The Wasteland by ts eliot has a form that falls under the literary movement called modernism. Modernism is used to descrie post WWI literature, which expressed a rebellion against previously held notions about form, style, and rules. During this time the literature (poetry included) made a dramatic shift away from the traditional, romatnic, or idealized appraoch to life...and as a result art. The grittier, more realistic the work, the better. Eliot is no exception to this in that he employs many of the forms used during this time, such as free verse, phrases from other languages and cultures, a juxtaposition of viewpoints, frank and graphic depictions of sex, and anything that really would have 'shocked' the older generation of the time.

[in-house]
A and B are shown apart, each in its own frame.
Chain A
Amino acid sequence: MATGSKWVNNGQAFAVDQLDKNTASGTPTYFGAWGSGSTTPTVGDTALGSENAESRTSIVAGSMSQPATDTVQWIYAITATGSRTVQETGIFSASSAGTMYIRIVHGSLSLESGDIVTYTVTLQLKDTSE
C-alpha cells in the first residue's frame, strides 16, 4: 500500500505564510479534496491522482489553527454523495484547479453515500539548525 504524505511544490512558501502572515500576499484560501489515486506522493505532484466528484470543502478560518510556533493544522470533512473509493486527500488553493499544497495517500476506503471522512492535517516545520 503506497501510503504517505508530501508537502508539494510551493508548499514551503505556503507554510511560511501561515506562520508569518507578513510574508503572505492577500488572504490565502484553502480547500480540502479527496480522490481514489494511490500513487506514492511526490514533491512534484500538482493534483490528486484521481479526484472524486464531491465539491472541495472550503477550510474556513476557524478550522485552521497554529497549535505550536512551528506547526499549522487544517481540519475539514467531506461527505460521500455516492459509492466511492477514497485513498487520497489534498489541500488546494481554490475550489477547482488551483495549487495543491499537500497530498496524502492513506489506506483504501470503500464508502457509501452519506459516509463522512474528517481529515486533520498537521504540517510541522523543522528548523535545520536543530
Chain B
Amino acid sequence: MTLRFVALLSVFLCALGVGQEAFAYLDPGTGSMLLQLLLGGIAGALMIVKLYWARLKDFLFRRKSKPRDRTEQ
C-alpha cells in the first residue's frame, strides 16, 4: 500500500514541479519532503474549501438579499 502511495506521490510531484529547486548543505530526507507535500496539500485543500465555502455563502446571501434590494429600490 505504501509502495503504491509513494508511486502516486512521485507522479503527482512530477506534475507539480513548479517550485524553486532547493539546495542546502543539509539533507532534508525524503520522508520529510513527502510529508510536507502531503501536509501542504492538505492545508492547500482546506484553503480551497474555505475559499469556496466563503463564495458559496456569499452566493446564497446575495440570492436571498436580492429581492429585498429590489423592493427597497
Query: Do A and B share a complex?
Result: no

From a literary standpoint, eliot gives a nod to Chaucer in his opening section when he uses the phrase, "April is the curellest month". Then, in true modernist bent, he twists the Chaucer theme of the renewing atmosphere of April but making it a time of death.